So has been discussed in earlier articles on this subject, the distance from the City of Nephi to the Waters of Mormon should have been within a one to two-day journey—for they did take their tents and overnight stays are evident (Mosiah 18:34).
    Typically, historians have placed this area to either the north or northwest of the City of Nephi. While we have no confirmation of this in the scriptural record, we have found a lake to the north of Cuzco, the City of Nephi. That lake is 18 miles distance (shorter as the crow flies), which means it would take about a day and a half to travel there over the type of mountainous terrain existing in the area. It might also be assumed that the converts would have left at night when unobserved, and likely pitched their tents when a few hours from the city, for travel over uneven ground at night is very difficult, especially with women and children.
Puray Lake, with the yellow arrows showing the lengthy forest stretching out for miles along the lake front, and impassable mountains beyond low-lying hills. It is a haven for birds much of the year

Consequently, about a day or day and a half journey north of the City of Nephi in the Sacred Valley of Peru, lies a lake at 13°25’48.98" S  71°59’58.30" W, called Puray Lake (Laguna Piuray), at an elevation of 12,877 feet, about 8 miles southeast of Chincero.
    This is a forested area with sparsely-covered, low lying hills, and barren mountains jutting up behind. Between the hills and the lake is a long, wide forest running the entire length of the water. To the northeast along the lake shore, the forests have long been removed and terraced planting installed, as well as along the east shore and hills as well.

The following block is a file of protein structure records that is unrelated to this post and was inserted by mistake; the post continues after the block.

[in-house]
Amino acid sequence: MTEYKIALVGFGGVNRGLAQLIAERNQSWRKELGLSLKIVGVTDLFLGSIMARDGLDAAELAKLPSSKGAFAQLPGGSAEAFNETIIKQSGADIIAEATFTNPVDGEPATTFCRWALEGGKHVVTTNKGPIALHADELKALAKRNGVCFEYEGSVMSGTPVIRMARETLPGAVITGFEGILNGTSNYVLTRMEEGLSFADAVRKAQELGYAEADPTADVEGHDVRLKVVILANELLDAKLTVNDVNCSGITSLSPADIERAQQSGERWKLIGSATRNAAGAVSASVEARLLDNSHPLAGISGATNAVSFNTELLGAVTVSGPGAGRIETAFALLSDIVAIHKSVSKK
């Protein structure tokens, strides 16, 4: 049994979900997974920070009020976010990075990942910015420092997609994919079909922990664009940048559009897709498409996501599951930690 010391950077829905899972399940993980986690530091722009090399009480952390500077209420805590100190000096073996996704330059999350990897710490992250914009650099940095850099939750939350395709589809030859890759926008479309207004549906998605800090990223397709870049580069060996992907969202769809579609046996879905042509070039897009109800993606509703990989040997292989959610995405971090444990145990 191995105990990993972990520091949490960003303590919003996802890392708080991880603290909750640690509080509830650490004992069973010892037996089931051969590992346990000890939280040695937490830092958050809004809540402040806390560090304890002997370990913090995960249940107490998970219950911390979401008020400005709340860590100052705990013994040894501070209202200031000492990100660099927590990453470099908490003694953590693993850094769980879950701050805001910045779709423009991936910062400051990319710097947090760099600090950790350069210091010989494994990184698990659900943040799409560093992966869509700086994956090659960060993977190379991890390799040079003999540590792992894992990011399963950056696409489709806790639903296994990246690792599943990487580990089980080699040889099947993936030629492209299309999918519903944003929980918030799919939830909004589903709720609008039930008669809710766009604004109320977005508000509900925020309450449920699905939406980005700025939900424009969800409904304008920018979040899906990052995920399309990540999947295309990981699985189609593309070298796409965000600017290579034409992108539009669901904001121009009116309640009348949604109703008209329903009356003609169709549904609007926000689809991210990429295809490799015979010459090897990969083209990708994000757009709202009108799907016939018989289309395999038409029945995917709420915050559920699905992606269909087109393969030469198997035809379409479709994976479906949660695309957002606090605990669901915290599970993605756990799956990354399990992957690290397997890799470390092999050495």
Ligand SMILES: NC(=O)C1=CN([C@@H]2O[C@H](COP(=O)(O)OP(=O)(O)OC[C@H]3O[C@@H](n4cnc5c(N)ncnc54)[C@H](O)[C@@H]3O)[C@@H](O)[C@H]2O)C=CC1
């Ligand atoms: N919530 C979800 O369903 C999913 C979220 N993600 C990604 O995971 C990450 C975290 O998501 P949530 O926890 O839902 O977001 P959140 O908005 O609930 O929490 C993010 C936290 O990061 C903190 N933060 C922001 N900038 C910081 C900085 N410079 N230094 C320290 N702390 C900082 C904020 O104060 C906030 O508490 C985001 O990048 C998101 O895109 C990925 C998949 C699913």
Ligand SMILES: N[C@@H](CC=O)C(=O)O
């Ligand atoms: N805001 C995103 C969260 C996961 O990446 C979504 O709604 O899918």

Within the forest are several waterways, mostly fed by the Puray Falls, where fountains of pure water exist higher up and spill over into the pools deep in the forest completely secluded from exterior view.
    Lake Puray is 18 miles to the north of Cuzco deep in the Sacred Valley, surrounded by the Andes on three sides, with a large forest between the lake and the mountains in which are found the Puray Falls, and perfect pools of water for baptizing. The Falls flow more heavily in the winter, and less in the summer, providing a perfect, pleasant pool collection where baptisms could easily be conducted. Today, this area is used as a swimming pool, where kids jump off the rocks above into the deeper end of the pool. However, most of the pool is about waist-high in depth, with river rock on the bottom and allow for easy walking in and out.
Left: Puray Falls back from the lake and within the forest of trees drops into a pool of pure water and provides a perfect place for baptism; Right: Today this area is used as a local swimming hole

This is a very isolated region, even today a couple of small villages with only a couple of dozen families live around the lake, with Chincera about eight miles away. Much of these highlands are fed by natural spring water.
Isolated Lake Puray showing the forest around it and how difficult it would have been for Noah’s army to find people hiding there
While this area may not be the Waters of Mormon, given the location of the City of Nephi and the land of Shilom, it fits in with the scriptural record descriptions, complete with being in the borders of the Land of Nephi and Shilom, a perfect location for baptisms in an isolated pool of fresh, pure water, where thickets of small trees grow nearby—new growth of the forest beside the area, and the natural cover would have provided security for more than four hundred people.
The boulder-rimmed pool of pure water around Puray Falls, which would have been ideal for baptism, containing pure water from the falls, and before people began swimming in it, you could have drunk this mountain water without hesitation

Again, while this is all assumptive and we are not suggesting this is definitely the area of the Waters of Mormon, it certainly meets the requirements of the location specified, though briefly, in the scriptural account.